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Buffett's simple secrets to success

Jason Stipp  |  11 Mar 2015Text size  Decrease  Increase  |  

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Jason Stipp is the site editor for Morningtar US. This article was originally published on the Morningstar US website and therefore any company ratings mentioned are US-specific.

 

Berkshire Hathaway released its fourth-quarter results and 2014 annual letter over the weekend -- required (and highly anticipated) reading for value investors and Warren Buffett acolytes the world over.

Morningstar's stock analysts will sort through the earnings release in a separate report. Beyond the business results, Buffett's annual letters also include ruminations on investing and more than a handful of insightful quotes to tide investors over until Berkshire's annual meeting -- also known as the "Woodstock for Capitalists" -- which happens the first weekend in May.

Fifty years ago, current management took over at Berkshire, and on the occasion of this year's letter, Buffett and his business partner, Charlie Munger, each recounted the ride, along with their expectations for the next 50 years. Their portions were written independently, the letter stated, and "neither changed a word of his commentary after reading what the other had written".

There was a good bit of overlap between the two accounts and several interesting points worth consideration for investors today -- both Berkshire shareholders and any other fundamentals-based, long-term-minded investors.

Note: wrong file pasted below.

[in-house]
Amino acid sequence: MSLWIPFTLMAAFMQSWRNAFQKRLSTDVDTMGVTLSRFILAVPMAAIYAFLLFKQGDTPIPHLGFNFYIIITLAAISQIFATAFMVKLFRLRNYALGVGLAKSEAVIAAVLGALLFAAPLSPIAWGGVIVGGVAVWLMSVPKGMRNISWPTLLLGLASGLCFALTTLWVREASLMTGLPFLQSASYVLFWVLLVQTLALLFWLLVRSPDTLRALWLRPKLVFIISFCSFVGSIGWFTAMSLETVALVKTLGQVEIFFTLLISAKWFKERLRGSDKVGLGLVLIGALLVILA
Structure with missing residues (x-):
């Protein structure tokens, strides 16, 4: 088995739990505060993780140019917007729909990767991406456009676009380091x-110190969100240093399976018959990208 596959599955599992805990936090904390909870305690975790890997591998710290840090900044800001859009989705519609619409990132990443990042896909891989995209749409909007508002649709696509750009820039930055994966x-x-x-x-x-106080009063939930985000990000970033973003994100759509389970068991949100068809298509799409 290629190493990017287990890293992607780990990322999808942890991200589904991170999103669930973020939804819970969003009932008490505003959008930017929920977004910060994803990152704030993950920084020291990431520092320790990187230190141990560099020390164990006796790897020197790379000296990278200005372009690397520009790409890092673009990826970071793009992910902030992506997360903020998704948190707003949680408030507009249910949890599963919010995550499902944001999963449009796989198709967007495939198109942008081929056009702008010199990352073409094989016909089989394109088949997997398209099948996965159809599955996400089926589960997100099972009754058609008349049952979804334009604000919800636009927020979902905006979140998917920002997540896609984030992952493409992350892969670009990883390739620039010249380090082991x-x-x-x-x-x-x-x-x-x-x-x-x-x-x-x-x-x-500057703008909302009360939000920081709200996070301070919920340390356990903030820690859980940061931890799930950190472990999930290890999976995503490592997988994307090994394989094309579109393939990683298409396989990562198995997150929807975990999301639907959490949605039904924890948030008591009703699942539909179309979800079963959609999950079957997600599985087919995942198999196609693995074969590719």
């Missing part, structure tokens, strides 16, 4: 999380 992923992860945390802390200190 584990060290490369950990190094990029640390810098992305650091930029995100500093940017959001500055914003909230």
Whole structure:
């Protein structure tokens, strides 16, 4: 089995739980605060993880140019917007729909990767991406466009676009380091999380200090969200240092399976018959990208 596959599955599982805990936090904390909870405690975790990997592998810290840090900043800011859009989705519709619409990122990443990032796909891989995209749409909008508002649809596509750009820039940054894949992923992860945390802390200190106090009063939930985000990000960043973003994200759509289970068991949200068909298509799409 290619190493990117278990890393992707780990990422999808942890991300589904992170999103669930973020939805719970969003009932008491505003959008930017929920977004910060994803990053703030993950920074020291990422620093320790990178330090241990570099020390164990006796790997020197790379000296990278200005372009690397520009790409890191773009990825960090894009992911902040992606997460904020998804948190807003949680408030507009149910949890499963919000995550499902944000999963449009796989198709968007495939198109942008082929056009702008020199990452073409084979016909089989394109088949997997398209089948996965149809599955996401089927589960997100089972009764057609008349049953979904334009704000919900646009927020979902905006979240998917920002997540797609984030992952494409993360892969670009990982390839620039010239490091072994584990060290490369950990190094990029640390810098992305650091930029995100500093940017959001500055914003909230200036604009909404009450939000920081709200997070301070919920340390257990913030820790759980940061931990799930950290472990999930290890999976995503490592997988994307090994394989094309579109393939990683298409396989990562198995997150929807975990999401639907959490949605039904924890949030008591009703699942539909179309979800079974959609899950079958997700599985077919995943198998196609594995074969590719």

Moving beyond cigar butts

Buffett spent time recounting his evolution as an investor and the impact on Berkshire's philosophy. A student of Benjamin Graham, Buffett started his investing career in search of "cigar butts," ailing companies at ultra-cheap prices with one last "puff" in them, but he later realized the strategy wasn't scalable.

"My cigar-butt strategy worked very well while I was managing small sums," Buffett wrote. But it was "scalable only to a point ... Though marginal businesses purchased at cheap prices may be attractive as short-term investments, they are the wrong foundation on which to build a large and enduring enterprise."

Munger, whom Buffett met in 1957, began to lead him away from cigar butts and towards quality companies. Munger's blueprint for Berkshire, Buffett wrote, was: "Forget what you know about buying fair businesses at wonderful prices; instead, buy wonderful businesses at fair prices."

This is a good tonic for today's investing environment, which features very few outright bargains after a years-long market rally. Looking at the opportunity set (which features few 5-star, high-quality stocks), we'd say investors who need exposure to the stock market can do far worse than buying wide-most names -- those with highly durable competitive advantages -- at fair prices (3 stars) when better bargains are hard to come by.

 

Focus on moats

Such "wonderful businesses" tend to hold up better in downturns and provide meaningful long-term returns for investors to fund retirement or other big personal goals. In the case of Berkshire, they also meant cash flows to reinvest in even more wonderful businesses.

In 1972, Berkshire acquired See's Candy, which, Buffett wrote, "had a huge asset that did not appear on its balance sheet: a broad and durable competitive advantage that gave it significant pricing power. That strength was virtually certain to give See's major gains in earnings over time. Better yet, these would materialize with only minor amounts of incremental investment. In other words, See's could be expected to gush cash for decades to come".

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